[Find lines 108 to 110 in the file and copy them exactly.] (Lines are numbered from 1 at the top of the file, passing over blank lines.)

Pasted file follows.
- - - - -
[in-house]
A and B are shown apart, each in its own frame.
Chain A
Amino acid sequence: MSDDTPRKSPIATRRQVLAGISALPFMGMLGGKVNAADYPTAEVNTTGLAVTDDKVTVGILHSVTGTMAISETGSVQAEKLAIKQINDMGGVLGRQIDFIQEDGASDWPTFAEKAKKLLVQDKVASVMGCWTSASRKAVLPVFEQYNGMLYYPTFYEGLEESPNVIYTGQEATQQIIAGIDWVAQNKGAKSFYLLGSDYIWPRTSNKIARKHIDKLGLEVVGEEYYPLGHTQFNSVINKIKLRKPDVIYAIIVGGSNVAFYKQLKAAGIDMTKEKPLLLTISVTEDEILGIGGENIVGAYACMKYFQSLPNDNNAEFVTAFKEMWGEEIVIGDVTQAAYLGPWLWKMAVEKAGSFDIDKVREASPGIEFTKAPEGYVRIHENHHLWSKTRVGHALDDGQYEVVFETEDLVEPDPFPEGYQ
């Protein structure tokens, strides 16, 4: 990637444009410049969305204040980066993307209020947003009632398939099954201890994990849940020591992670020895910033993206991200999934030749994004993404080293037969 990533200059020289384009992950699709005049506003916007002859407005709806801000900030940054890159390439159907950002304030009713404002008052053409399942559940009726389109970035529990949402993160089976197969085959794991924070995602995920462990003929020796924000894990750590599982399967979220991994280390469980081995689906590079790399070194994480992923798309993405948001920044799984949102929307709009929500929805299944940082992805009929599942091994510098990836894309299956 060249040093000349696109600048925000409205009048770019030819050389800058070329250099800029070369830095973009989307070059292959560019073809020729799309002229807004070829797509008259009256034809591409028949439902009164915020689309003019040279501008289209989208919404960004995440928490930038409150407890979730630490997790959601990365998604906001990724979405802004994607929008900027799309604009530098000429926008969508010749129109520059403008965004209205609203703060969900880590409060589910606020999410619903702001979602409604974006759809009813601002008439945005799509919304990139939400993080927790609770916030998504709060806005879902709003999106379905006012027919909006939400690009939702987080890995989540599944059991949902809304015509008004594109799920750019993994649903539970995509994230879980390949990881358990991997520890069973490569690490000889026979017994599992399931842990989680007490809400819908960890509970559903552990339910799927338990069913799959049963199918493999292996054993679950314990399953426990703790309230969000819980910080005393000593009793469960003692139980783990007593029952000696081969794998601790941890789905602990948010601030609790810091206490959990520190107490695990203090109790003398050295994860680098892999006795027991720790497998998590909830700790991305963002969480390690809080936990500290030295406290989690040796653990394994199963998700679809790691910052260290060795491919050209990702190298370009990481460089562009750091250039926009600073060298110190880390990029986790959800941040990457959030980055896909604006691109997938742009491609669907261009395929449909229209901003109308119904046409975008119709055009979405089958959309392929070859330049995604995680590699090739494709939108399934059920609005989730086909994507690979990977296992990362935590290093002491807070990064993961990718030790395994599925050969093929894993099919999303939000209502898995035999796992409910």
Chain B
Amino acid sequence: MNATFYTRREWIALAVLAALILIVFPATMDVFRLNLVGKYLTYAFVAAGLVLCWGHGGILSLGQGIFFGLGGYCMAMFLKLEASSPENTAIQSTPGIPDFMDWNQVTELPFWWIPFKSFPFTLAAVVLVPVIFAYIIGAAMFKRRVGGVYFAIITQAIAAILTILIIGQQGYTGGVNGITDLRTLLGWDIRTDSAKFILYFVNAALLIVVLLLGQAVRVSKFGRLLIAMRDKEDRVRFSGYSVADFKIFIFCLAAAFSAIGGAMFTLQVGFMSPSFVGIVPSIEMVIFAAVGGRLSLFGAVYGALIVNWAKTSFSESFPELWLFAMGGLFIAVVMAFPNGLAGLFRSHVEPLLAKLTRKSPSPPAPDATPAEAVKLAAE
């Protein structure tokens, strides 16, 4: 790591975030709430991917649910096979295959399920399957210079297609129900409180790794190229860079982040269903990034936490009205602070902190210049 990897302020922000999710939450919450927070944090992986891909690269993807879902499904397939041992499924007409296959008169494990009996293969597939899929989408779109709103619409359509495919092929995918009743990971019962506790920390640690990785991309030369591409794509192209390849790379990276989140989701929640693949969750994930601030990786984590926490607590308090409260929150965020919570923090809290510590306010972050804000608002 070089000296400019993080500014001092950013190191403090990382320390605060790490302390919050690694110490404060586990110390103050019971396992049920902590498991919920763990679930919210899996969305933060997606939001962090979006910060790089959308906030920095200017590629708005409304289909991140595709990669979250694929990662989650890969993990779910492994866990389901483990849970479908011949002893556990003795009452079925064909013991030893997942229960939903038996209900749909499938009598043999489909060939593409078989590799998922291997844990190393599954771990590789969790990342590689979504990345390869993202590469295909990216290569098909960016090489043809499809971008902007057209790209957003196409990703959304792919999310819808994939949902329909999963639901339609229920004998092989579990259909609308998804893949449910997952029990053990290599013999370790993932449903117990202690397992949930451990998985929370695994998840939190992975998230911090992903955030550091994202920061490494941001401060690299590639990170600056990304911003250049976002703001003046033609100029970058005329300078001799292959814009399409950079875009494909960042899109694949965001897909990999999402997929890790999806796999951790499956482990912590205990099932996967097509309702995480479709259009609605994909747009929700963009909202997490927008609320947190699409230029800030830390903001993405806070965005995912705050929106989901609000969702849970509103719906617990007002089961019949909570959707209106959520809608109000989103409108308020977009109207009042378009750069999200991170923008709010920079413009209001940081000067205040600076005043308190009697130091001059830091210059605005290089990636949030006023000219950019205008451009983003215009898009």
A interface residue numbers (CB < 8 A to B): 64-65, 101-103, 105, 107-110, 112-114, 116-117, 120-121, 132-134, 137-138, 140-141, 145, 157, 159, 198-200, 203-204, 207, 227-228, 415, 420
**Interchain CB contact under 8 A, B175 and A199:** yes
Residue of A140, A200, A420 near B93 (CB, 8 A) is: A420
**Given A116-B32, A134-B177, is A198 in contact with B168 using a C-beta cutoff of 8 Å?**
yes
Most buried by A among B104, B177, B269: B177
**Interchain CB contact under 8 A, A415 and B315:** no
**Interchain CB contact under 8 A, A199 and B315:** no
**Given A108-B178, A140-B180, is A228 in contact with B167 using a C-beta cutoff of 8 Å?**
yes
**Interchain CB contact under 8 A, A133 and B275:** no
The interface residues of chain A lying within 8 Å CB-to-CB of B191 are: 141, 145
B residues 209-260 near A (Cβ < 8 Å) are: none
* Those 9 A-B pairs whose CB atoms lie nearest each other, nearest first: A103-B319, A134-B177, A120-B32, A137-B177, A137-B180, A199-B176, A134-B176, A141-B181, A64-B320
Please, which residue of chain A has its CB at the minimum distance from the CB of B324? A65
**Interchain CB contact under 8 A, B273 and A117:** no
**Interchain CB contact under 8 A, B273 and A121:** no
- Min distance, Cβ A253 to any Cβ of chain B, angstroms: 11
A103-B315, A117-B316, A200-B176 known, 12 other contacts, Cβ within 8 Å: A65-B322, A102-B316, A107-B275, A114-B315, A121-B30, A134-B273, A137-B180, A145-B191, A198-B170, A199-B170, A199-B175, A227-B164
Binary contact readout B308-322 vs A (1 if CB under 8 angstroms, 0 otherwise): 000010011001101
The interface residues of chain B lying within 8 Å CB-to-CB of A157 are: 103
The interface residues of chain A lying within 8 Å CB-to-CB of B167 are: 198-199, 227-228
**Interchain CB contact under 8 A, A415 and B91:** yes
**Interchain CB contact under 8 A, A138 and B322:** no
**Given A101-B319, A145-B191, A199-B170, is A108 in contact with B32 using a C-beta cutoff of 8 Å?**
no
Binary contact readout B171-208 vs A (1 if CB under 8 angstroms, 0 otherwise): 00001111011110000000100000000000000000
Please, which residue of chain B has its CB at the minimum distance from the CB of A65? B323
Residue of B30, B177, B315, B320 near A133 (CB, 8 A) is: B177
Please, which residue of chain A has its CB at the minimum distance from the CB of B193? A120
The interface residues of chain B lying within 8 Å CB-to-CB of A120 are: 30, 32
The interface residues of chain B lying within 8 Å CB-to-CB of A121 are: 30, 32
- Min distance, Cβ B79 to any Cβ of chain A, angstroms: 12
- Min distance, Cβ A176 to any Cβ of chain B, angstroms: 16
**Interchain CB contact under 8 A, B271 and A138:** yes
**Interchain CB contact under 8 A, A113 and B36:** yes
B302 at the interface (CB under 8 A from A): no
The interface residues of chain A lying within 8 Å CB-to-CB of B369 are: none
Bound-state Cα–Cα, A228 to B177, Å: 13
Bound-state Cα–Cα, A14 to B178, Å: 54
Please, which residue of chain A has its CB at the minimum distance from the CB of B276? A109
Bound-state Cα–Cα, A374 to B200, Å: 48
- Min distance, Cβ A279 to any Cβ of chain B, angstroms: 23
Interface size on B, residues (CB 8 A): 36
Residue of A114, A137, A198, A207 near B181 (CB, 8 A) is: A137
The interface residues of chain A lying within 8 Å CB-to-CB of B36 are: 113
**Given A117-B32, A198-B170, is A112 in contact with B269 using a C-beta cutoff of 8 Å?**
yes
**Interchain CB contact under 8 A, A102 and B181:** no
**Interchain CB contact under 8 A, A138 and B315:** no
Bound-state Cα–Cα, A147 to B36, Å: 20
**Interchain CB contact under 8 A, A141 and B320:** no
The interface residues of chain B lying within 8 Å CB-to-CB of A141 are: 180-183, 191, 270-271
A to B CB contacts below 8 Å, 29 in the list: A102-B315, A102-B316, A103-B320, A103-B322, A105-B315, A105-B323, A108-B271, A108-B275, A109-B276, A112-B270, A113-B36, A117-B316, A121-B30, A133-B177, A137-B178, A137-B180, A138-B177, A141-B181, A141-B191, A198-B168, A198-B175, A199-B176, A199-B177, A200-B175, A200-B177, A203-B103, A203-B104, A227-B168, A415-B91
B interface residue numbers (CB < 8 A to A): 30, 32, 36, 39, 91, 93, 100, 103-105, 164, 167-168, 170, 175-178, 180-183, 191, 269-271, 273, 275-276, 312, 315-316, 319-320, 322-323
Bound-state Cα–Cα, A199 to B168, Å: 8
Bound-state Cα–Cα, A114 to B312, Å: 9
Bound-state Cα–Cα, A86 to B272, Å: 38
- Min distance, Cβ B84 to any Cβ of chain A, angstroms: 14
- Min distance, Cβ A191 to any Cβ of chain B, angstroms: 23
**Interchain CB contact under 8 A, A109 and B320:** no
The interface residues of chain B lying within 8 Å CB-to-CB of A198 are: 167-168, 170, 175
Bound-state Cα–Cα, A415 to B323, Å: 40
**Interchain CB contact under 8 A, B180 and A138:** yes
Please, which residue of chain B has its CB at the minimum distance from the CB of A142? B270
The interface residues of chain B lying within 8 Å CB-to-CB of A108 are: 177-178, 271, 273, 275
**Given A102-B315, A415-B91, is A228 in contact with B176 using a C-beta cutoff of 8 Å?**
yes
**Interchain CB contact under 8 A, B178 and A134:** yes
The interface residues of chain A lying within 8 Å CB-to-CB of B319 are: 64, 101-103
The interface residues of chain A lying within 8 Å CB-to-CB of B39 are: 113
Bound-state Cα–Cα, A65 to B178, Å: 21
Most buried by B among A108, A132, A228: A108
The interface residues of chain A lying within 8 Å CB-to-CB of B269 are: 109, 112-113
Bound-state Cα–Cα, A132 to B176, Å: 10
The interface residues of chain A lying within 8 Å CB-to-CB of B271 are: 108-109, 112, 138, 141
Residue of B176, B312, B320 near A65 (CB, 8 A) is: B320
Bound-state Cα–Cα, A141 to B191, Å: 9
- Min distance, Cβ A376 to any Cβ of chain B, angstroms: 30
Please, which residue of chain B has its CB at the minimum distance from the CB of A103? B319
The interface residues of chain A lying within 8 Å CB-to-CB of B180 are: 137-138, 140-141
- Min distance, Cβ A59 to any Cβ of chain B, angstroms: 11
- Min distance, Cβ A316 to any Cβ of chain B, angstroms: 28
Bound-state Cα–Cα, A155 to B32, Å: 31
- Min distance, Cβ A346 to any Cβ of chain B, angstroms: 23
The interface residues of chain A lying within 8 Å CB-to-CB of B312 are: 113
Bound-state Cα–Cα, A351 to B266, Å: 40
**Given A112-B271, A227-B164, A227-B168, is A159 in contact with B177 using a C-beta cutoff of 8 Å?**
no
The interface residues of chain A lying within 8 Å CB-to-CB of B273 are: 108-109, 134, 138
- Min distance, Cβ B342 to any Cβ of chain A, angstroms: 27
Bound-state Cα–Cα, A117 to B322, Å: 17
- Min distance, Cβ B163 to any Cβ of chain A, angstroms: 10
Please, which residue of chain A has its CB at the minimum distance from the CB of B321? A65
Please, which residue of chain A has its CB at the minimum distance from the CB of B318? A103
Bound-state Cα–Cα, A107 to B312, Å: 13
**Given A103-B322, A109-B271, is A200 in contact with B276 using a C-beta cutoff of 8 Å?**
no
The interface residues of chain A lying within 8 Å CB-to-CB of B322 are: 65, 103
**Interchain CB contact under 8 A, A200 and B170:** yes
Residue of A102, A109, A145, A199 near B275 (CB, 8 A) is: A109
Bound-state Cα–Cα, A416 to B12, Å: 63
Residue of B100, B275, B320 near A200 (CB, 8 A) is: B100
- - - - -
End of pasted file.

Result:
**Interchain CB contact under 8 A, A200 and B170:** yes
Residue of A102, A109, A145, A199 near B275 (CB, 8 A) is: A109
Bound-state Cα–Cα, A416 to B12, Å: 63